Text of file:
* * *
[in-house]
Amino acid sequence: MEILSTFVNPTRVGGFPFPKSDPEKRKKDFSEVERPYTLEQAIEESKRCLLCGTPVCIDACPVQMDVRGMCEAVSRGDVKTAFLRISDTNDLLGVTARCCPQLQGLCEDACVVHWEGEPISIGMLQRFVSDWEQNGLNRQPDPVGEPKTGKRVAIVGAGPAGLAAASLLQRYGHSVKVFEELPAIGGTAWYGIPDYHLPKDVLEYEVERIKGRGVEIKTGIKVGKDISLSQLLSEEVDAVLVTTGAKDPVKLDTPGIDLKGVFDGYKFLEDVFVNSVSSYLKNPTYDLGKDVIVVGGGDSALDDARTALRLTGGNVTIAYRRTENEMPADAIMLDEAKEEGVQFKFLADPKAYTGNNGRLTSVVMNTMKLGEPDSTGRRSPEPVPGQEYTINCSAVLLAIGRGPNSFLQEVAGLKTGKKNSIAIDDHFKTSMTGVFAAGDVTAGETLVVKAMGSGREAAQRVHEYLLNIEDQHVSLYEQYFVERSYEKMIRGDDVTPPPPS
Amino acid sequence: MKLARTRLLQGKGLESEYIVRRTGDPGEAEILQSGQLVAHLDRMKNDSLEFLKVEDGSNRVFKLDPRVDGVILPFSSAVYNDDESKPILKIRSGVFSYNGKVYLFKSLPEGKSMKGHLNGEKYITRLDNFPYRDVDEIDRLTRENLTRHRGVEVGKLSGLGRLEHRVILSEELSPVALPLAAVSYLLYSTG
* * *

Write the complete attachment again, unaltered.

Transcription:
[in-house]
Amino acid sequence: MEILSTFVNPTRVGGFPFPKSDPEKRKKDFSEVERPYTLEQAIEESKRCLLCGTPVCIDACPVQMDVRGMCEAVSRGDVKTAFLRISDTNDLLGVTARCCPQLQGLCEDACVVHWEGEPISIGMLQRFVSDWEQNGLNRQPDPVGEPKTGKRVAIVGAGPAGLAAASLLQRYGHSVKVFEELPAIGGTAWYGIPDYHLPKDVLEYEVERIKGRGVEIKTGIKVGKDISLSQLLSEEVDAVLVTTGAKDPVKLDTPGIDLKGVFDGYKFLEDVFVNSVSSYLKNPTYDLGKDVIVVGGGDSALDDARTALRLTGGNVTIAYRRTENEMPADAIMLDEAKEEGVQFKFLADPKAYTGNNGRLTSVVMNTMKLGEPDSTGRRSPEPVPGQEYTINCSAVLLAIGRGPNSFLQEVAGLKTGKKNSIAIDDHFKTSMTGVFAAGDVTAGETLVVKAMGSGREAAQRVHEYLLNIEDQHVSLYEQYFVERSYEKMIRGDDVTPPPPS
Amino acid sequence: MKLARTRLLQGKGLESEYIVRRTGDPGEAEILQSGQLVAHLDRMKNDSLEFLKVEDGSNRVFKLDPRVDGVILPFSSAVYNDDESKPILKIRSGVFSYNGKVYLFKSLPEGKSMKGHLNGEKYITRLDNFPYRDVDEIDRLTRENLTRHRGVEVGKLSGLGRLEHRVILSEELSPVALPLAAVSYLLYSTG